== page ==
“Whether you grew up in a predominately Black space, or a predominately white space, you're probably going to have a racialized moment at some point in America. And you have to figure out what you're going to do with that racialized moment. Is that g...
“Whether you grew up in a predominately Black space, or a predominately white space, you're probably going to have a racialized moment at some point in America. And you have to figure out what you're going to do with that racialized moment. Is that going to derail you or is going to put you on a new path to think about race in a slightly different way?” asks Dr. Kris Marsh, Professor at the University of Maryland. In today’s episode host D-Rich sits down with guests Dr. Kris Marsh and Kiara Williams, Esq., Co-Founder of the Auditory Museum and radio host, for part two of a two-part series titled, “What My Eyes Have Seen” which focuses on generational stories.
Both Dr. Marsh and Kiara grew up in predominantly white environments. Kiara shares that she did not have a Black teacher prior to fifth grade and until that moment, she had formed the assumption that white people were naturally smarter. When children grow up without connections to their race in the people around them, they lose touch with a large part of their identity and have to unlearn preconceived biases made based on their environments. Dr. Marsh shares that anti-blackness is woven into basically all social institutions in America and although the racism is slightly less overt now, it is no less traumatizing to experience. In order for real and impactful change to occur, reparations must be performed on a federal level.
Whether you grow up in a predominantly white area or a predominantly Black one, you will inevitably encounter radicalized racism at some point. Unfortunately, the undercurrent of racism runs deep throughout America and has created lasting trauma that all Black people must learn to analyze and face. Join Dr. Kris Marsh, Kiara Williams, Esq., and host D-Rich on this week’s episode of Southern Soul Live Stream - Podshow to learn more about racism in academia, mental health disparities within the Black community, and why Black Americans deserve reparations.
• “If you were to take away every title, mother, father, teacher, engineer, lawyer, radio host, you were to take away all of those titles, who are you at your core?” (15:46-15:56 | Kiara)
• “I have a lot of Black friends who have never had the experience of having a Black teacher. Many of them have spent their lives thinking they hated science, or they were bad at math, when really they just had a hard time connecting with their teachers.” (23:05-23:15 | Kiara)
• “Whether you grew up in a predominately Black space, or a predominately white space, you're probably going to have a racialized moment at some point in America. And you have to figure out what you're going to do with that racialized moment. Is that going to derail you or is going to put you on a new path and think about race in a slightly different way?” (35:50-36:06 | Dr. Kris)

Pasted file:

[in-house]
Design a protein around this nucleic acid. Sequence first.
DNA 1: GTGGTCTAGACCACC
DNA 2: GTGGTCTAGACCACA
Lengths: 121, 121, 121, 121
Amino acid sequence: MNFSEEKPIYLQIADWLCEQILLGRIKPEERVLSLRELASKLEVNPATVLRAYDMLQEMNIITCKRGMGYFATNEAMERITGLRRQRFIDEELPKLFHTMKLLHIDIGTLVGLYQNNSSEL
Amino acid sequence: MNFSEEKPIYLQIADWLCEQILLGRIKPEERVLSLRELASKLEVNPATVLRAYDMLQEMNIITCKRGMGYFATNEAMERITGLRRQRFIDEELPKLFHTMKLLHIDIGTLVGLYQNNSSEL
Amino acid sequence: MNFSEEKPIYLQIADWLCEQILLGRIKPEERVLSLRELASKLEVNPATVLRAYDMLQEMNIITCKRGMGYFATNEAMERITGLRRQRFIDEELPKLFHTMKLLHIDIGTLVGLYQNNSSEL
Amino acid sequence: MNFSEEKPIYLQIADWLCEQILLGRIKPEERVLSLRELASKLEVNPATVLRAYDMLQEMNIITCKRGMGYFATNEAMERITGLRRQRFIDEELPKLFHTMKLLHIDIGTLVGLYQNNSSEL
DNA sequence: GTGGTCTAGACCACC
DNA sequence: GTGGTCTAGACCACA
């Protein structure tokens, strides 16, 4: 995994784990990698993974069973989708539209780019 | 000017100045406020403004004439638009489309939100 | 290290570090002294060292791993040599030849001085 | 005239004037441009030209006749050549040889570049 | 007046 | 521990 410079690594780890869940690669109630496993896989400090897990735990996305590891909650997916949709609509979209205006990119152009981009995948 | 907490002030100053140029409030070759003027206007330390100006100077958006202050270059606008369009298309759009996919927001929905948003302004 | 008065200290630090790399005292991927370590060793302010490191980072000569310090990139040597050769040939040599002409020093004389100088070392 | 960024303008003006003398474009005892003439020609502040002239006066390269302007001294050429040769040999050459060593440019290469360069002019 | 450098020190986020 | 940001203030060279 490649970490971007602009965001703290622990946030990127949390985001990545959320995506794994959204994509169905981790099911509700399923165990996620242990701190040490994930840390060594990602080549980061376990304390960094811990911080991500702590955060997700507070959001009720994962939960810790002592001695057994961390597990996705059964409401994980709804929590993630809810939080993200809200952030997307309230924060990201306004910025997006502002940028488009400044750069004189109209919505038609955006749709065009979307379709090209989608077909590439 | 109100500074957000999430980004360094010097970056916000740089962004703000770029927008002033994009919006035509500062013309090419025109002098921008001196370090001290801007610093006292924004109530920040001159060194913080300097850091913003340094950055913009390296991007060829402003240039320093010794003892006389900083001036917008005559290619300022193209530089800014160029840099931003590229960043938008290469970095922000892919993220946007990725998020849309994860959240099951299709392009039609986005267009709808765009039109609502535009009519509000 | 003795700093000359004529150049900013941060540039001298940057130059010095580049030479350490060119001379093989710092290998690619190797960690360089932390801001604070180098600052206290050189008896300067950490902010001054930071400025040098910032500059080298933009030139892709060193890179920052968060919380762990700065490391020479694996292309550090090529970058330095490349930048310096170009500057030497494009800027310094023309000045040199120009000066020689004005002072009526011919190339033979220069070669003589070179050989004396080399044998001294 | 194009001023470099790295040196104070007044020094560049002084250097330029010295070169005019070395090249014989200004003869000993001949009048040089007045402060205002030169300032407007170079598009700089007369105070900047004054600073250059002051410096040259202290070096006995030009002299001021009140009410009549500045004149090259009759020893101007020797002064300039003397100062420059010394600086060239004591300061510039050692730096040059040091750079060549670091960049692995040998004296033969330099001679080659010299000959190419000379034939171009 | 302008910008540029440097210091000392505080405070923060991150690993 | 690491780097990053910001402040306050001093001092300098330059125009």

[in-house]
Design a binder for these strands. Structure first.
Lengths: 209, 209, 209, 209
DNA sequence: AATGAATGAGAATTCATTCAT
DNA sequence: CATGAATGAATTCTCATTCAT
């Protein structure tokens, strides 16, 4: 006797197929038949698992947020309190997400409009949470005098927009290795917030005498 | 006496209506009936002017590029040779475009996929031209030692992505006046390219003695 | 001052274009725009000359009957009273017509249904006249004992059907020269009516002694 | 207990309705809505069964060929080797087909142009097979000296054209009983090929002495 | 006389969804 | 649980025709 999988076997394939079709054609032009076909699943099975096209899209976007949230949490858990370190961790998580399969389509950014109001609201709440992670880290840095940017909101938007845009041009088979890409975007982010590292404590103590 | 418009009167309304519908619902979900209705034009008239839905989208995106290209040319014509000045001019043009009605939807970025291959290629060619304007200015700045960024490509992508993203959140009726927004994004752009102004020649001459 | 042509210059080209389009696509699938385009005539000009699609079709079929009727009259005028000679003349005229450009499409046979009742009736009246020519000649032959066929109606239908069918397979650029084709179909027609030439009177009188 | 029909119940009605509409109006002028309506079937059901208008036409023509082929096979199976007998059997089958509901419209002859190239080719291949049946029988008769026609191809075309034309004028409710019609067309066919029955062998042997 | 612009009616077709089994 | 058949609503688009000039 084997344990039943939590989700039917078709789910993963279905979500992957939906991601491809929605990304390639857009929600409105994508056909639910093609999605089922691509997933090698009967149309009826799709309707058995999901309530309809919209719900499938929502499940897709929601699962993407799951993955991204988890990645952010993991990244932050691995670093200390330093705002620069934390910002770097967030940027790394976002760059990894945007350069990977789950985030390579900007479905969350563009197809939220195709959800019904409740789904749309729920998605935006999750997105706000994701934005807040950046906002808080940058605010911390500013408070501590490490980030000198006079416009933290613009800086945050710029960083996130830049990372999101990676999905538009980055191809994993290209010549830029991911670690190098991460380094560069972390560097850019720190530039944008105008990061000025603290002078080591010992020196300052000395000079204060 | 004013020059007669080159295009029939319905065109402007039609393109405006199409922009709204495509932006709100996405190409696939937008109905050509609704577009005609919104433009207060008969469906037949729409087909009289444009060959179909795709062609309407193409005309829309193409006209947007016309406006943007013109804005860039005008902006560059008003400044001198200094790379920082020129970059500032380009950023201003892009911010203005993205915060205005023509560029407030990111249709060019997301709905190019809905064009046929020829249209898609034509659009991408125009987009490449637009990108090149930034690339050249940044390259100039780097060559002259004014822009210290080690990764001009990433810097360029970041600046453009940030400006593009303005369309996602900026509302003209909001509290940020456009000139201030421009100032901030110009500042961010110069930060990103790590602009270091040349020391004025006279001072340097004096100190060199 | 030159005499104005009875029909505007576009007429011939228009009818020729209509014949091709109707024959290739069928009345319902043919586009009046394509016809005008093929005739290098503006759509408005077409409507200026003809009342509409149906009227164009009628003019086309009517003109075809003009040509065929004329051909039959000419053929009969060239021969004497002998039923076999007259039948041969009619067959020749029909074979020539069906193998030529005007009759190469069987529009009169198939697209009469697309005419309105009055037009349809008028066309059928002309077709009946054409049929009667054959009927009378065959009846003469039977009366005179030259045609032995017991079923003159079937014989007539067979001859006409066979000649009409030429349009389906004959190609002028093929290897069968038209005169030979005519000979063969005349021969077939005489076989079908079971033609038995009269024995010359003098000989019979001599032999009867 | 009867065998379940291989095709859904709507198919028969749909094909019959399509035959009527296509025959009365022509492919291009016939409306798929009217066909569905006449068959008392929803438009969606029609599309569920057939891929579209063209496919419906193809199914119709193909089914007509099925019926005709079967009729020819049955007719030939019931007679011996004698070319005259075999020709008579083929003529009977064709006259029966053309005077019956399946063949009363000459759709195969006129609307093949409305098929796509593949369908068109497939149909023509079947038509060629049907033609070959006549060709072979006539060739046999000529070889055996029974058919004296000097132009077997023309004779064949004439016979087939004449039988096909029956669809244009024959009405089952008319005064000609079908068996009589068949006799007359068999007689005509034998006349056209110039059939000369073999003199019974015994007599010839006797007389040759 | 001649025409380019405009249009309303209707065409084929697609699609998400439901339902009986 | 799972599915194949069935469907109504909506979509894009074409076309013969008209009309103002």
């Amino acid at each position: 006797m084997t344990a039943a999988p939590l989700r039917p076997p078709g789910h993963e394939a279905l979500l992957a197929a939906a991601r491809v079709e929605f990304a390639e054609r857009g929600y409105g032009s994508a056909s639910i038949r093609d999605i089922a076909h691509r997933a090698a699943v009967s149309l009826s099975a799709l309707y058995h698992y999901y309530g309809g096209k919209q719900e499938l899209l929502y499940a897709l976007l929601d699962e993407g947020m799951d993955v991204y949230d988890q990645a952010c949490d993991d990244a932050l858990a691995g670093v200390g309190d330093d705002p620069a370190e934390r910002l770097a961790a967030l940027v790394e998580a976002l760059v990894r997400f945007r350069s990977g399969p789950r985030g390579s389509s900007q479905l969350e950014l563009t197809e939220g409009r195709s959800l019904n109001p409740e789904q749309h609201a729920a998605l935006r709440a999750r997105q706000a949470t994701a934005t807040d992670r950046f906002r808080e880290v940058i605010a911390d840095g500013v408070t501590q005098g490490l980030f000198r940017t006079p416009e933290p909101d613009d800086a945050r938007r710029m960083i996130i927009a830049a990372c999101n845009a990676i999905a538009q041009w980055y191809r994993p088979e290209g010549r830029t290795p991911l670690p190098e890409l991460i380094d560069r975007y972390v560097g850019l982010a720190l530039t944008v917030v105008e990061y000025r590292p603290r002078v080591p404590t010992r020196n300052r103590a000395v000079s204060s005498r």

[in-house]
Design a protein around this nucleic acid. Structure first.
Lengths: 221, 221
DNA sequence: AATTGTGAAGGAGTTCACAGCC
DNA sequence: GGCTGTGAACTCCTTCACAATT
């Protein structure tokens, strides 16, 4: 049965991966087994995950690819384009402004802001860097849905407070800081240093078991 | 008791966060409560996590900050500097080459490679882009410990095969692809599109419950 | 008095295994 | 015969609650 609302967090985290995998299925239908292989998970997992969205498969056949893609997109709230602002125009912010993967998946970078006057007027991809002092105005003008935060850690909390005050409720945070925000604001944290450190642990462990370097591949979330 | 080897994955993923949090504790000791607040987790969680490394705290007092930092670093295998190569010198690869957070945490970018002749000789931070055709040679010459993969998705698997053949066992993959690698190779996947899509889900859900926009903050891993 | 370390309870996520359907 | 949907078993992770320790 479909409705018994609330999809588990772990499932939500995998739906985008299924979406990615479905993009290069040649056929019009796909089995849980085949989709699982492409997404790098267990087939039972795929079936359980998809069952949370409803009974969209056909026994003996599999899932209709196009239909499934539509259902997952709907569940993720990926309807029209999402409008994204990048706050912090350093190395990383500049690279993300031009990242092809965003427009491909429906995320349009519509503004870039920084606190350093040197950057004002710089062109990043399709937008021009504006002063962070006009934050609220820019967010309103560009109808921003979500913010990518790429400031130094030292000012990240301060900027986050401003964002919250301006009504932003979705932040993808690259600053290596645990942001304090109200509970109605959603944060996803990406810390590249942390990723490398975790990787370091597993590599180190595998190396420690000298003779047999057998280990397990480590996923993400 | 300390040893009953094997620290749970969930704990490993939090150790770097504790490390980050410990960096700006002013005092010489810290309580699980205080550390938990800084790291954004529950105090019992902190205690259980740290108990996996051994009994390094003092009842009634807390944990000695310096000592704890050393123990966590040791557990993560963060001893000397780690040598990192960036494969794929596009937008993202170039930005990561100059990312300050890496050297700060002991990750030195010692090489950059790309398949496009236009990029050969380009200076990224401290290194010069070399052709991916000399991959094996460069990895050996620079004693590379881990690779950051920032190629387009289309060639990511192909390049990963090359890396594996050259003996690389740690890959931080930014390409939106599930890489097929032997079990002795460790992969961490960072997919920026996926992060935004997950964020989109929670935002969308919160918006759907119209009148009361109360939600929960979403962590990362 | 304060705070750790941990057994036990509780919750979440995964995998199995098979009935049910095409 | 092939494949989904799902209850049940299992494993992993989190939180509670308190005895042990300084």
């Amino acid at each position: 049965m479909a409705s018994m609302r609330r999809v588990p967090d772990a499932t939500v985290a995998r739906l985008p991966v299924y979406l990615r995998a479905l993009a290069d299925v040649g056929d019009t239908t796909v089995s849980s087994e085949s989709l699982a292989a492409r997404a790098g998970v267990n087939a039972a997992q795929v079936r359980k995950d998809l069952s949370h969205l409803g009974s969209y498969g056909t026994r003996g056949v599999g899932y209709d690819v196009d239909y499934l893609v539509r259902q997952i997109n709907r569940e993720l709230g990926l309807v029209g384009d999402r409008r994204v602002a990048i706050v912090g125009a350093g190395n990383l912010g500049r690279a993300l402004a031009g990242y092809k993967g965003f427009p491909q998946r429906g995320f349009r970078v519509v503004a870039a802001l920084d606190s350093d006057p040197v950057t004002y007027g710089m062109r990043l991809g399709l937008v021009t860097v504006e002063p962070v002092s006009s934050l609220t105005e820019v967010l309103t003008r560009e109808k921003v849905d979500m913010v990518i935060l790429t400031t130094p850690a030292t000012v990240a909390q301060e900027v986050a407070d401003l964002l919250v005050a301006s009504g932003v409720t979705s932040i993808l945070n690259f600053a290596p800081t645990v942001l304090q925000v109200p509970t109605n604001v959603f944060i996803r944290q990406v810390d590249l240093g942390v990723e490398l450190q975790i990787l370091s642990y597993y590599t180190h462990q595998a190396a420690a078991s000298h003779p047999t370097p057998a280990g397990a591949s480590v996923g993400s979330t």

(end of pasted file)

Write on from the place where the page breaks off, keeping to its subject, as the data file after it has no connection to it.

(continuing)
• “What happens with racism now is we can't always name it and claim it because you didn't explicitly call me the N word. And so it's harder for us to kind of tease it out and think through it. And it can be traumatizing for black folks having to always think about that.” (39:01-39:15 | Dr. Kris)
• “Anti-Blackness happens in any social institution in America. Why? Because we know race is the linchpin that holds America together and race is the linchpin that built America.” (50:55-51:06 | Dr. Kris)
• “For every dollar of wealth held by a white person, a Black person holds 10 cents of wealth, relative to that dollar.” (1:05:28-1:05:37 | Dr. Kris)
• “To really be impactful, the federal government owes Black Americans reparations, it should not be at the individual level, it should be a federal law.” (1:06:14-1:06:24 | Dr. Kris)
Kiara Imani Williams
Therapy Isn’t Just for White People Book
Kiara Imani Williams, Esq., is a co-founder of The Auditory Museum - a company specializing in communication and corporate storytelling. She is a graduate of the University of Virginia School of Law, and received her bachelor's degree from the University of Virginia in 2011 with a major in political science, specifically focusing on politics in the media. In the past, she has worked for the FCC, PBS, MTV Networks, Fox News Networks, Modern Viewpoint Magazine, Disney ABC Television Networks, and the Student Press Law Center. Kiara is author of Therapy Isn’t Just For White People.
Dr. Kris Marsh
Dr. Kris Marsh received her PhD from the University of Southern California in 2005. She was a Postdoctoral Scholar at the Carolina Population Center at the University of North Carolina before joining the faculty of the University of Maryland where she has been tenured since 2014. Currently, Professor Marsh is writing a book (The Love Jones Cohort: A New Face of the Black Middle Class) for Cambridge University Press on the wealth, health, residential choices and dating practices of an emerging Black middle class that is single and living alone.
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